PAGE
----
Saturday, 29 August 2009

Ohio State defeats Windsor again

Ohio State 89, Windsor 47 (Box Score)

Buckeyes improved to 2-0 in Canada

Walter Offutt produced the offense early with 10 first half points.

WINDSOR, Ontario-Ohio State improved to 2-0 on its three-game exhibition schedule in Canada with an 89-47 victory over the University of Windsor Saturday.

William Buford and Walter Offutt provided the offense with 16 and 14 points respectively. Buford, a sophomore from Toledo, connected on 7 of 12 shots from the field while Offutt, a sophomore from Indianapolis, made 4 of 7 shots, including 3 of 4 from 3-point range.

Jon Diebler led the Buckeyes with seven assists and was one of three Buckeyes with nine points, along with Dallas Lauderdale and P.J. Hill.

Evan Turner, the top scorer in the Big Ten last year, tallied 11 points, seven rebounds a four assists. He started the game at point guard after playing all of last year at the off guard spot.

The Buckeyes led 47-25 at the half behind Offutt’s 10 points and William Buford’s eight. Ohio State shot 56 percent from the field (19-34) and had assists on 11 of those baskets over the first two quarters. Offutt connected on all three first-half shots, including a pair of 3s.

Balance offensively was the story in the early going with 24 of 47 first half points credited to the Ohio State bench. The reserves scored 38 points for the game.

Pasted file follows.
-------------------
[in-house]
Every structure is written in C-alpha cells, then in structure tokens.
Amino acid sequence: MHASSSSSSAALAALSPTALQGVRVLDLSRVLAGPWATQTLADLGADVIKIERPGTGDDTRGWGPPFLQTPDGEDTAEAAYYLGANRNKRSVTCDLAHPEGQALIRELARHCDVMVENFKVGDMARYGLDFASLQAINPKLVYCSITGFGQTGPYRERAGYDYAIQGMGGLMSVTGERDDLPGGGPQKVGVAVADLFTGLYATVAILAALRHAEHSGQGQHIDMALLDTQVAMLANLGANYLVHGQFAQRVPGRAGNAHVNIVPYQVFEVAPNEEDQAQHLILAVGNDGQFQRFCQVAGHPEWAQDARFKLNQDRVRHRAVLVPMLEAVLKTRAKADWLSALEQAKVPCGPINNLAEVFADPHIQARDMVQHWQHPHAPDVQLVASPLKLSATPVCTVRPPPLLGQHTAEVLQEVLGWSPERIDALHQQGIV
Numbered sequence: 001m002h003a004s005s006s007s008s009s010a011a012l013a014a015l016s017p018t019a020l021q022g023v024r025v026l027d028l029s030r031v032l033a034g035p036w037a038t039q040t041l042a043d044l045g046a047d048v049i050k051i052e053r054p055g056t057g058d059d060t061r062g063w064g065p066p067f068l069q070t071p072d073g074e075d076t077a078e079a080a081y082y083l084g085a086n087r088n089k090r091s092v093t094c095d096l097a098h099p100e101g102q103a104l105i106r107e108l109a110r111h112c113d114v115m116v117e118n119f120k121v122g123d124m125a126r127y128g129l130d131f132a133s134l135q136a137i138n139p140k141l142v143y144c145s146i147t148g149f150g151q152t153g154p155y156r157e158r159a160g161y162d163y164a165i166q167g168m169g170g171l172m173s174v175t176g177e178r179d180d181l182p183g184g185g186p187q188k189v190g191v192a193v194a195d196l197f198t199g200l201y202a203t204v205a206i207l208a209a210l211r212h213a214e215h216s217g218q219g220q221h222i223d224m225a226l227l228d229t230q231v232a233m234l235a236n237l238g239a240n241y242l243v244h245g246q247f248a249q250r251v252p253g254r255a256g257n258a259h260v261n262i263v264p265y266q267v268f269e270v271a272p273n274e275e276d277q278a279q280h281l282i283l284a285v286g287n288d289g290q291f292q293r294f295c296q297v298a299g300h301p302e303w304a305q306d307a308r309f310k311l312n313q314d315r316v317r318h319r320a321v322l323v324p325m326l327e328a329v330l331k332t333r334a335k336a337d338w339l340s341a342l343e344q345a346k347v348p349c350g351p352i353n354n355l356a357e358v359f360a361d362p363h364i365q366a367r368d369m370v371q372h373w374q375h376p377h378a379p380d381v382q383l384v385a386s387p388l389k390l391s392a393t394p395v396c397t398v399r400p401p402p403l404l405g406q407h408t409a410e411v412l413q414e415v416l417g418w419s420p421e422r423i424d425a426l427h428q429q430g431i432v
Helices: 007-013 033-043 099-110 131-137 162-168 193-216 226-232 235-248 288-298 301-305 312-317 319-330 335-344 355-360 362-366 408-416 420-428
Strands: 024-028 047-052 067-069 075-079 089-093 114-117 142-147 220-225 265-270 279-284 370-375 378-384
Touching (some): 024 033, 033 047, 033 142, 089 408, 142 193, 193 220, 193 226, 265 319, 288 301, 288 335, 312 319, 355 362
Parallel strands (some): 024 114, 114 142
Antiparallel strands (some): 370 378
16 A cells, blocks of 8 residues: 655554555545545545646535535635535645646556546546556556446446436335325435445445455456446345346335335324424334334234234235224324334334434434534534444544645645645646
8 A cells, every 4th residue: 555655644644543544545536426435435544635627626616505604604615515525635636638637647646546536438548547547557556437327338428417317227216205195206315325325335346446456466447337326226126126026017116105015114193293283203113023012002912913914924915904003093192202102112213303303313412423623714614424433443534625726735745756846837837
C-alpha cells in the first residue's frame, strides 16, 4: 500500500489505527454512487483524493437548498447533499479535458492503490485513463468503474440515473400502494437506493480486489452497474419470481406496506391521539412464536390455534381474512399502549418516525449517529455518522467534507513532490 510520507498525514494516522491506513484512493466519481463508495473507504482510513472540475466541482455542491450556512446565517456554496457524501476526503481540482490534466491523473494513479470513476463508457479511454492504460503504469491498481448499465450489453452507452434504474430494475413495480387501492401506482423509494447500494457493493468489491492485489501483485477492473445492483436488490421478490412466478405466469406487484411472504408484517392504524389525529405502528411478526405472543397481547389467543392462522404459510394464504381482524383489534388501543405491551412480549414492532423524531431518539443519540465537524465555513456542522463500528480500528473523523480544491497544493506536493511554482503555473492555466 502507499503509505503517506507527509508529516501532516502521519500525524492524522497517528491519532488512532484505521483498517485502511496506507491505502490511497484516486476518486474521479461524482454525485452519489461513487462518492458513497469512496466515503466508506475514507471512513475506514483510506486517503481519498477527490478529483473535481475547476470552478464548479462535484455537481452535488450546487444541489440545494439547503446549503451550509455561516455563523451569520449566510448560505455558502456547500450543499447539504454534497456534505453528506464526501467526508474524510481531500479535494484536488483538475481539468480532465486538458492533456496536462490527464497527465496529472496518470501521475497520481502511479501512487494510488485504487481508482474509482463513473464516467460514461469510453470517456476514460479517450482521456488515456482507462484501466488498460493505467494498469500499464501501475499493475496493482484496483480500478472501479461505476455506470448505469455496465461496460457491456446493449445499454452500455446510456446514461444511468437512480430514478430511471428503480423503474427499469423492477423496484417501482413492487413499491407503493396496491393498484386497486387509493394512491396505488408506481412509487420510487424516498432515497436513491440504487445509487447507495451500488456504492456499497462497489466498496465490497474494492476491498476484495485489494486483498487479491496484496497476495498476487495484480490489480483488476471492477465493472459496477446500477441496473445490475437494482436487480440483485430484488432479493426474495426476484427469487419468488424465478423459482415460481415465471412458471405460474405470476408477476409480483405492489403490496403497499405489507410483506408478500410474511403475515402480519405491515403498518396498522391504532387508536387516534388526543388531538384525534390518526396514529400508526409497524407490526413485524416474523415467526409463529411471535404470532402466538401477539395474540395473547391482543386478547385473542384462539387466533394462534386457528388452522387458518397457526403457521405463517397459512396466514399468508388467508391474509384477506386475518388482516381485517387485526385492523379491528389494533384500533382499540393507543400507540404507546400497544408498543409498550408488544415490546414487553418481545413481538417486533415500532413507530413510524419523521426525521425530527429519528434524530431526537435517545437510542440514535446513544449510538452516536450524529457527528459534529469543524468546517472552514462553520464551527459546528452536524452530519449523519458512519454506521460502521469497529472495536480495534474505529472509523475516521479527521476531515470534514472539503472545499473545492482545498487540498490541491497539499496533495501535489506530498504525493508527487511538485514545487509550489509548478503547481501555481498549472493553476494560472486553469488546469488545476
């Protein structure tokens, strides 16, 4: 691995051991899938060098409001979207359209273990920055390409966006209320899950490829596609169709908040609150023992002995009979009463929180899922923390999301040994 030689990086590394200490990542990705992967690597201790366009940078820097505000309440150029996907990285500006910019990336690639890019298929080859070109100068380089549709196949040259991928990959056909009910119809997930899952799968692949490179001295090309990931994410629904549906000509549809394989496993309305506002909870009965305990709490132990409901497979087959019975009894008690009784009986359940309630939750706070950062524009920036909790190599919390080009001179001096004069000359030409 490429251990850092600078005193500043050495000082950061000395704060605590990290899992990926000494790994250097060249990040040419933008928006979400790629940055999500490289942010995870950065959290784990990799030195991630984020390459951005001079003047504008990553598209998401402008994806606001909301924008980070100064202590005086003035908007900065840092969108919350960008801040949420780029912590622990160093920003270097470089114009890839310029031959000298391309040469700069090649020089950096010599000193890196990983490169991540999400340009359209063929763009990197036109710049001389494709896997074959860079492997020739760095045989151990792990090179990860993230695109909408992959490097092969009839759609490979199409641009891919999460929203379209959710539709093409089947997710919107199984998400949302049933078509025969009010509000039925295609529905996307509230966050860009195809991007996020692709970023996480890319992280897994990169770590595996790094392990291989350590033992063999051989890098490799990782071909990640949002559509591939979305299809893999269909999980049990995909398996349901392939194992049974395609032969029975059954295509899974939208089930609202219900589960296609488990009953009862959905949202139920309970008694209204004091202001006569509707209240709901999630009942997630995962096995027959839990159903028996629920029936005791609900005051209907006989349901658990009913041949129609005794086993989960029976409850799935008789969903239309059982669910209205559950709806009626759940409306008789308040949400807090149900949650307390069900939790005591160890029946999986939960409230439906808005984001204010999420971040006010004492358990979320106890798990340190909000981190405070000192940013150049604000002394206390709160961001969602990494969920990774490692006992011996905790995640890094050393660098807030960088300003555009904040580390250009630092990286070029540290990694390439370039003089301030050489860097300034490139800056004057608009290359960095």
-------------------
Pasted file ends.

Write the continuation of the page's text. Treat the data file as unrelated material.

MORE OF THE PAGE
Ohio State will take Sunday off from competition and practice to attend a Detroit Tigers game. The squad will have a team dinner in Detroit before returning to Canada for the final day of the trip.

The Buckeyes face the University of Western Ontario at noon Monday and return to Columbus immediately after game.

Ohio State officially begins practice for the 2009-10 season Oct. 16. The Buckeyes open the season Nov. 9 in Columbus vs. Alcorn State.

From Duffer's Dabbles Bob Duff Blog

Buckeyes Hill encourages Lancers Collins

Senior guard P.J. Hill, who led Ohio State with 18 points in Friday’s 90-39 victory over the Windsor Lancers at the St. Denis Centre, sought out Lancers freshman guard Josh Collins after the game to offer some words of encouragement. “I know what it’s like to be a freshman,” Hill said. “You’ve got to just play under control at all times. You get tentative when you’re young. It’s your first game, but be under control, run your team. Don’t back down because you’re younger. You’ve got nothing to lose. You’re trying to win. Seniority doesn’t play a role in winning. Everybody wants to win. So that’s what I was pretty much telling him. I like to help out younger players, because that’s what other players have done for me.”
Buckeyes forward David Lighty, who added 16 points in his first game since a broken foot sidelined him seven games into the 2008-09 season, admitted there wasn’t much that Ohio State knew about Windsor beforehand. “We heard some things about how they play,” Lighty said. “Coach (Thad Matta) got us prepared for them. A lot of dribble, drive and penetrating kicks as a team. We tried to work on our close-out game to deal with that.”
Junior forward Evan Turner agreed that the Lancers were a bit of a mystery to the Buckeyes. “We had no clue,” Turner said. “We just heard they could shoot pretty well. That was about it. We just tried to come out and play our offence, play our roles and play tough. We’ve still got to play to our standards and play hard.”